Repubblika accuses PBS of censorship

Repubblika president Robert Aquilina accuses PBS of censoring the NG0, saying the national broadcaster is 'hijacked' by Castille

Civil society NGO Repubblika has accused the government of censorship, demanding it be given fair representation on the national broadcaster.

"We demand our rightful exposure on the national broadcaster, where we can articulate our arguments to the Maltese and Gozitan people," Robert Aquilina said on Friday.  

The NGO president said the Public Broadcasting Services should serve as a platform for diverse voices, including those critical of government.

"I make it clear that it is not enough that our protests are reported in the news for a few seconds, towards the end of the bulletin, with our message passed through a filter to protect the interests of the party in the Government," Aquilina added.

Expressing their frustration at being side-lined on the PBS, Aquilina warned that Repubblika will no longer accept a situation where their voice is “censored by a station that is supposed to belong to the people.”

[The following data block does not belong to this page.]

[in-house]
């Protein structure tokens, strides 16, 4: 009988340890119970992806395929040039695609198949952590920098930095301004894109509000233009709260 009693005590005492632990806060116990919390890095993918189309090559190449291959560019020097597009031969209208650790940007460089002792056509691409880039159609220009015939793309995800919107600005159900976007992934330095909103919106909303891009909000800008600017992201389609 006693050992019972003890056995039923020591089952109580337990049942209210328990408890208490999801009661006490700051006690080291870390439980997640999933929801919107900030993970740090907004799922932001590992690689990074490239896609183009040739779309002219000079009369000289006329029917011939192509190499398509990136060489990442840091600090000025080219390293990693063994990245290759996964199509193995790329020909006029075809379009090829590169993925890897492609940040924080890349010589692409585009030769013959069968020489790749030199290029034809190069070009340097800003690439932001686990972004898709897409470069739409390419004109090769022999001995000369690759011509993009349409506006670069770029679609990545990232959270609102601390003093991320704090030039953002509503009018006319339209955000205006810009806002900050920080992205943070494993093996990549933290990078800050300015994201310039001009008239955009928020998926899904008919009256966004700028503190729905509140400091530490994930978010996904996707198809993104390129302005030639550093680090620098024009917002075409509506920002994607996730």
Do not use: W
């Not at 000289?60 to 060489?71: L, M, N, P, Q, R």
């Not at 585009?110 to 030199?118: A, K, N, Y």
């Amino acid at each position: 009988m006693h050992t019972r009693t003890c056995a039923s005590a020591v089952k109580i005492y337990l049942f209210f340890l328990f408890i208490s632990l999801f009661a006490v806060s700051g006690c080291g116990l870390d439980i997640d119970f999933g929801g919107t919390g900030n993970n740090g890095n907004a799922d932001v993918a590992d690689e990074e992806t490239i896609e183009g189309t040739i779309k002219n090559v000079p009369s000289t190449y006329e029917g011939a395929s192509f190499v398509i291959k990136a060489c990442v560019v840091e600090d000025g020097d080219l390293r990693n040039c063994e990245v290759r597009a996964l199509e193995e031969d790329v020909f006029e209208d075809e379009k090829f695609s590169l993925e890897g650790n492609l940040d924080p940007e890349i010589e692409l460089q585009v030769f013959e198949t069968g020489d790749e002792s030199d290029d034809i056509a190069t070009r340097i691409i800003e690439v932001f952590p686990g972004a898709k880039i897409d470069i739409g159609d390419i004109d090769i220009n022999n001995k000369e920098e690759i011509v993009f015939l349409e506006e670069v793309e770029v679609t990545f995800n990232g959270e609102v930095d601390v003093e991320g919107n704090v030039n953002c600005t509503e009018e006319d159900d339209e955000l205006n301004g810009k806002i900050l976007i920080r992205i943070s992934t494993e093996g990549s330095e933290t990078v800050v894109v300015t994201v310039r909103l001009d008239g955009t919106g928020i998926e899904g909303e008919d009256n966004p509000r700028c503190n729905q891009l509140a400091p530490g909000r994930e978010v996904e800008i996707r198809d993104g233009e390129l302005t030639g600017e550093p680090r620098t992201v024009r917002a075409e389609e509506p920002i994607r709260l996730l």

“We are no longer going to accept a situation where something that is rightfully ours is hijacked by Castile," Aquilina said.

Aquilina lamented that in the past two years, Republic were never invited on any PBS programme.

“The last time I was invited on PBS was in the 2021/22 schedule, almost three years ago,” he said.

He also said the TVM newsroom is still without a head of news, following the resignation of Norma Saliba earlier this year.

“We call for the selection of a new Head of News for PBS to be based on applications rather than being appointed by a minister or the prime minister,” Robert Aquilina said.

He cited a bill currently before the European Parliament - the European Media Freedom Act – which requires that such appointments be made in a transparent manner. 

Members of the European Parliament are expected to vote in a law that forces EU member states to ensure independent structures for public and national broadcasters. 

For a country like Malta, where PBS’s close control by central government has been a bone of contention for decades, the law could have wide ramifications.